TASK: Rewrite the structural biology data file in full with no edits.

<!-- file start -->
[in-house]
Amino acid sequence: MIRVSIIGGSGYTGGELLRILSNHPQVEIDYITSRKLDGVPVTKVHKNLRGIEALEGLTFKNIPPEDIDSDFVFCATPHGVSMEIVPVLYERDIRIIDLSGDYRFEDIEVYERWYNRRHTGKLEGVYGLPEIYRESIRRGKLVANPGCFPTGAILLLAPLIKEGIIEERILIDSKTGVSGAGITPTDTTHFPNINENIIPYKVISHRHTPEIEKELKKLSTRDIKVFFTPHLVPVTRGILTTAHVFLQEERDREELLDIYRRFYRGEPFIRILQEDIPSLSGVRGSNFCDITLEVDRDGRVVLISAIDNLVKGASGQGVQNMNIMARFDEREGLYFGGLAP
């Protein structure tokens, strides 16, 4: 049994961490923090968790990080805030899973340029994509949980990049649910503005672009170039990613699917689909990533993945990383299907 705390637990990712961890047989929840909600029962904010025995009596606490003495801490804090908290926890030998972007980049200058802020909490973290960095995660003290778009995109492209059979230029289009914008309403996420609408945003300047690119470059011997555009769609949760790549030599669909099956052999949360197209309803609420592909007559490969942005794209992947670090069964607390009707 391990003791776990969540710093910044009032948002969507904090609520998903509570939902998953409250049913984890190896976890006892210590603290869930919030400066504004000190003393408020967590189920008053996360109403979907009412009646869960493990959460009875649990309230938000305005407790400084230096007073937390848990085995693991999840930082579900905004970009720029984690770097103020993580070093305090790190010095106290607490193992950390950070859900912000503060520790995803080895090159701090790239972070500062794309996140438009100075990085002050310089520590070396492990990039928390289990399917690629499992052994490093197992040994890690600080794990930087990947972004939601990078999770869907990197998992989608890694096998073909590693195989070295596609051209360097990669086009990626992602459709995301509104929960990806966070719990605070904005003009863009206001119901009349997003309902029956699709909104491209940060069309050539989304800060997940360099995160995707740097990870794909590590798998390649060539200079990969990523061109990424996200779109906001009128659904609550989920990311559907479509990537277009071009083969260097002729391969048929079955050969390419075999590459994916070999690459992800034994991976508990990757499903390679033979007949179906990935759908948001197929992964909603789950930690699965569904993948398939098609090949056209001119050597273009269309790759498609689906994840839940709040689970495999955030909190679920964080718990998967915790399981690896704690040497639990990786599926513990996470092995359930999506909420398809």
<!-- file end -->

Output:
[in-house]
Amino acid sequence: MIRVSIIGGSGYTGGELLRILSNHPQVEIDYITSRKLDGVPVTKVHKNLRGIEALEGLTFKNIPPEDIDSDFVFCATPHGVSMEIVPVLYERDIRIIDLSGDYRFEDIEVYERWYNRRHTGKLEGVYGLPEIYRESIRRGKLVANPGCFPTGAILLLAPLIKEGIIEERILIDSKTGVSGAGITPTDTTHFPNINENIIPYKVISHRHTPEIEKELKKLSTRDIKVFFTPHLVPVTRGILTTAHVFLQEERDREELLDIYRRFYRGEPFIRILQEDIPSLSGVRGSNFCDITLEVDRDGRVVLISAIDNLVKGASGQGVQNMNIMARFDEREGLYFGGLAP
């Protein structure tokens, strides 16, 4: 049994961490923090968790990080805030899973340029994509949980990049649910503005672009170039990613699917689909990533993945990383299907 705390637990990712961890047989929840909600029962904010025995009596606490003495801490804090908290926890030998972007980049200058802020909490973290960095995660003290778009995109492209059979230029289009914008309403996420609408945003300047690119470059011997555009769609949760790549030599669909099956052999949360197209309803609420592909007559490969942005794209992947670090069964607390009707 391990003791776990969540710093910044009032948002969507904090609520998903509570939902998953409250049913984890190896976890006892210590603290869930919030400066504004000190003393408020967590189920008053996360109403979907009412009646869960493990959460009875649990309230938000305005407790400084230096007073937390848990085995693991999840930082579900905004970009720029984690770097103020993580070093305090790190010095106290607490193992950390950070859900912000503060520790995803080895090159701090790239972070500062794309996140438009100075990085002050310089520590070396492990990039928390289990399917690629499992052994490093197992040994890690600080794990930087990947972004939601990078999770869907990197998992989608890694096998073909590693195989070295596609051209360097990669086009990626992602459709995301509104929960990806966070719990605070904005003009863009206001119901009349997003309902029956699709909104491209940060069309050539989304800060997940360099995160995707740097990870794909590590798998390649060539200079990969990523061109990424996200779109906001009128659904609550989920990311559907479509990537277009071009083969260097002729391969048929079955050969390419075999590459994916070999690459992800034994991976508990990757499903390679033979007949179906990935759908948001197929992964909603789950930690699965569904993948398939098609090949056209001119050597273009269309790759498609689906994840839940709040689970495999955030909190679920964080718990998967915790399981690896704690040497639990990786599926513990996470092995359930999506909420398809």